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Facts Forum News, Vol. 5, No. 5, May 1956
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Facts Forum. Facts Forum News, Vol. 5, No. 5, May 1956 - File 008. 1956-05. University of Houston Libraries. University of Houston Digital Library. Web. November 22, 2019. https://digital.lib.uh.edu/collection/1352973/item/1329/show/1267.

Disclaimer: This is a general citation for reference purposes. Please consult the most recent edition of your style manual for the proper formatting of the type of source you are citing. If the date given in the citation does not match the date on the digital item, use the more accurate date below the digital item.

Facts Forum. (1956-05). Facts Forum News, Vol. 5, No. 5, May 1956 - File 008. Facts Forum News, 1955-1956. University of Houston Libraries. Retrieved from https://digital.lib.uh.edu/collection/1352973/item/1329/show/1267

Disclaimer: This is a general citation for reference purposes. Please consult the most recent edition of your style manual for the proper formatting of the type of source you are citing. If the date given in the citation does not match the date on the digital item, use the more accurate date below the digital item.

Facts Forum, Facts Forum News, Vol. 5, No. 5, May 1956 - File 008, 1956-05, Facts Forum News, 1955-1956, University of Houston Libraries, accessed November 22, 2019, https://digital.lib.uh.edu/collection/1352973/item/1329/show/1267.

Disclaimer: This is a general citation for reference purposes. Please consult the most recent edition of your style manual for the proper formatting of the type of source you are citing. If the date given in the citation does not match the date on the digital item, use the more accurate date below the digital item.

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Title Facts Forum News, Vol. 5, No. 5, May 1956
Series Title Facts Forum News
Creator
  • Facts Forum
Publisher Facts Forum
Date May 1956
Language eng
Subject
  • Anti-communist movements
  • Conservatism
  • Politics and government
  • Hunt, H. L.
Place
  • Dallas, Texas
Genre
  • journals (periodicals)
Type
  • Text
Identifier AP2.F146 v. 5 1956; OCLC: 1352973
Collection
  • University of Houston Libraries
  • Facts Forum News
Rights No Copyright - United States: This item is in the public domain in the United States and may be used freely in the United States. The item may not be in the public domain under the copyright laws of other countries.
Item Description
Title File 008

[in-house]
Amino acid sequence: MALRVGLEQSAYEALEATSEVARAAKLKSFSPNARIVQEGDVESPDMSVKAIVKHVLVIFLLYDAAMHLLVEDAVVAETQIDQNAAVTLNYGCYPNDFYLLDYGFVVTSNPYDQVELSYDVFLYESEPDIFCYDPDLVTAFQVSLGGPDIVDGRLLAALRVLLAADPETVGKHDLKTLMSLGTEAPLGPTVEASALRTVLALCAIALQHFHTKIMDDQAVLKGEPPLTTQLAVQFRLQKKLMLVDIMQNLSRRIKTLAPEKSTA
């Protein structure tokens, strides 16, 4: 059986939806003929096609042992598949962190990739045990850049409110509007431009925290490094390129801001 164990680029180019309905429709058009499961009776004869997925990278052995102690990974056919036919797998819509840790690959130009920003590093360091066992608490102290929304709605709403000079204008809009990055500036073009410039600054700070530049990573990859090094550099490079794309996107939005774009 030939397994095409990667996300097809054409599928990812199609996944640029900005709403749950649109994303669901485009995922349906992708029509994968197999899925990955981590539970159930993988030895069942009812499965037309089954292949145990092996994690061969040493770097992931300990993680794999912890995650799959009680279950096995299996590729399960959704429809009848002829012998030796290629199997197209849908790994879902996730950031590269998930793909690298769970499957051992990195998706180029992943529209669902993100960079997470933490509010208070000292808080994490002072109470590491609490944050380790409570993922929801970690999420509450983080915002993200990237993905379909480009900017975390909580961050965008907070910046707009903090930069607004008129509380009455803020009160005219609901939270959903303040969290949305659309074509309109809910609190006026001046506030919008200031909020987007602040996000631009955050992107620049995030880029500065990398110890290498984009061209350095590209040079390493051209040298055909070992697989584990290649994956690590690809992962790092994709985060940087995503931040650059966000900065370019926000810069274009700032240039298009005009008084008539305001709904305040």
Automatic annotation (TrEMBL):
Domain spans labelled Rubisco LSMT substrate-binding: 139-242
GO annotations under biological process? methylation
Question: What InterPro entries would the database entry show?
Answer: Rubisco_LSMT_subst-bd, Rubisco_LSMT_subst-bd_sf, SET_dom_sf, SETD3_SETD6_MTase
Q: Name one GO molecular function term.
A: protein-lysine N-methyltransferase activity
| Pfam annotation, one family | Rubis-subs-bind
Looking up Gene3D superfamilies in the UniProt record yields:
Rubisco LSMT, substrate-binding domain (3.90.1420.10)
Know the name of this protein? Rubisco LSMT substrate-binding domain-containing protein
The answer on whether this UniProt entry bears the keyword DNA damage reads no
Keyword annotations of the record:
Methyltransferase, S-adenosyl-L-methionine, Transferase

Transcript ■""1 HOTBBM * f^Q (Continued from Page 4) I do not believe the trade union movement of Great Britain can live for very much longer on tlie basis of compulsion. Must people belong to us or starve, whether they like our policies or not? Is that to be the future of the movement? No. I believe the trade union card is an honor to be conferred, not a badge which signifies that you have got to do something whether you like it or not.11 Speaking to the same group, Mr. J. C Gibson, vice president and general counsel of the Santa Fe railroad, said: . . . Compulsory union membership . . . reflects an awareness of a threat to our free way of life inherent in compelling a man to join a private organization before he can hold any sort of job in industry . . . Here, as in every other instance through tile centuries, an attempt is being made to justify the deprivation of individual liberty on the grounds that it is in the best interests of everyone, including those whose rights are being curtailed or taken away. But in this ease, as in so many others, the reasons advanced are insufficient." Fred A. Hartley, Jr., president of The National Right to Work Committee and co-author of tbe Taft-Hartley Act, declared that compulsory unionism is the cancer of the labor movement. To avoid dictatorship he emphasized that our country must stop compulsory unionism. He said that union shop with control of the working man "increases the power of the union leaders over the politicians. . . The drive for compulsion is a drive for power. The demands of some union leaders are insatiable. . . . They want eventually to control everything and everybody . . ."'3 One application for union membership read much like a giant giveaway of tights. Exacting, in essence, blind obedience, it authorized the union to act tor the worker before any committee, board, court or other tribunal in any way that affected his employee status. More, it represented and bound him in the prosecution, adjustment and settlement of all kinds — in short, stripped him of all personal rights and free will. There are eighteen states which have right-to-work laws. Twelve of them have banned forced membership in unions since 1947. Their contention is that these laws protect the rights of their citizens to work, and they may or may not choose to belong to a union, as they prefer. Of those twelves states which have banned forced union membership since 1947. till either match or exceed ""The Right tn Work National Newsletter," Oct.. I1,",. Vol. U No. ',. Washington, D. C. '■Unit. WAvgurta (Ga.) Chronicle, Oct. 19. 1955, Former Representative Fred A. Hartley, Jr., and the late Senator Robert Taft, co-authors of the Taft-Hartley Bill, curbing labor unions. Hartley is now president of the National Right to Work Committee. national average gains in retail stiles, bank savings accounts, per capita earnings, private auto registrations, total firms in operation, and a Dumber of others. These twelve states are Texas, Virginia, Tennessee, South Dakota, North Dakota, Arkansas, Arizona, Florida, Georgia, Iowa, Nebraska and North Carolina (Florida since 1944). The six other states arc South Carolina, Utah, Alabama, Louisiana, Mississippi and Nevada. These have passed laws since 1947, and government statistics are hardly significant enough as yet to prove anything. Those in favor of right-to-work laws do not claim that they are solely responsible for the above gains, but certainly the laws were an important factor, they state. Forty years ago Justice Charles Evans Hughes, in Truax vs. llaich, 2.39 U.S. 33 (1915), stated: It requires no argument to show tlt.it the right to work for a living in the common occupations of the community is of the very essence of the personal freedom and opportunity that it was the purpose of the Amendment to secure. The Amendment Justice Hughes referred to was the Fourteenth. Not only are such rights provided for in our constitution, but they are recognized in the Universal Declaration of Human Rights, approved by the General Assembly of the United Nations in 1948. Section 1 of Article 23 states: Everyone has the right to work, to free choice of employment, to just and favorable conditions of work, and to protection against unemployment. Vrticle 20 provides the following: ""The Legal and Moral n.isi, <>i Right la Work 1..UVS." distributed t>y The National Right ,,, W,irk Committee, Washing! 1). (:.. ,,. 9. 1. Everyone has the right to freedom <>' peaceful assembly and association. 2. No one may be- compelled to belonl to an association In 1941 President Roosevelt sa>< that the government would nev< "Ho The ;i fold. F. >n certa force workers to join a union. "That what th he stated, "would be too much like th Hitler methods toward labor. Powerful labor officials can, ovf night, bring about an economic cris They can stop production of vital liii" erals and metals and can still 1 portation. By the same token, work^ may be forced into membership in union that is Communist-dominate* The workers will not be able to oi'! leaders who they believe are not lujj to our country. These union leaded in the main, are doubtless loyal Affij icitns, but tbe labor movement lias n< been able to weed out all those doubtful loyalty. Thus, compulse! unionism gives the American wortj no choice but to belong to such union; either that or forfeit his j"1 Too, no matter how aboveboaro man may be, it is a matter of recoj w^ . t that later some stronger man vvill r_lJ| lean,.- .., rongl an wsssm to dominate his group. Mr. E. S. ", lard, Chairman, National Right Work Committee, stated in an dress: If a labor union is operated on di4 torial principles, it soon bee IS an"!'" foundation stone in building a type ot I-:t,, eminent operated on dictatorial princfyfl If we do not halt the spread of ~"™ sion in this field — compulsion ot coma under«*l ers. Hon, tl,, bide th tecruit t ('fie con "ie emp s'te skill Skillec Seditious "ie in,„, W>. Tl,,. force in fcgion, . Workers ; ft- It is tl(l this o fence ol •ervice i *inery ij As for J*ures I, I a free ^ping v, rTtoiunii 'His nei .Jh? no iarded •»h| for the "good" of the state (that "<!<** being determined by one or a small grl)l of leaders) —then we will bid our c°j petitivc free enterprise system goofl and sacrifice our freedom on the altar stupidity, management avarice and c° ardicc." Unions, in their publications ' otherwise, do their utmost to run1' workers that a union shop is lor ' I benefit instead of the benefit ol ""J officials. However, tt mere one-fa!: of American labor is unionized, j obvious that the other three-foW feel (hat thev have little to gain >™ unions. Mr. Dillard remarked further: It is neither fair, American, nor c° .. tlltional to place a decision conceoV fundamental persona] liberties and ' vidual rights in the hands ol others. ■ American history and all histor) J proved the principle that "the mean* lies the end" to he the most iniquitoU*J dangerous precept affecting the "|{t ,,: of boil, the individual and the wholeJJ munity. That is the Communist do* I — the doctrine of complete immorallt) J total disregard of Christian prineipl^l the rights and dignity of the indrvid-j (Continued en ''* "■Ibid.,p. II. tin- Right to Work - a ll.isi, VI address by E. s. Dillard, Chairman, Nation' to Work (lommittee. >■ 11,1,1. neitl: sion in tins nelcl — compulsion under "'" : t,~. "v|,i the rights of tl„. individual arc sac■rifi"f lJ°ys all i... ,i... *• i" ..r .1 i.e.. .-.r.xrd v0rt^ .... >want 'P Privi &getth N on Eft .i SV *ho •Jgttve *J0r.VK ^than V ho,; Cas los ,Sli ,„ freeman Irk"<l tha K'&«arll, WjJ-ongress Page 6 Fa( is Fori vi Ne1 May. 4 ■i/"""' i.. ■v. S P, 'lilt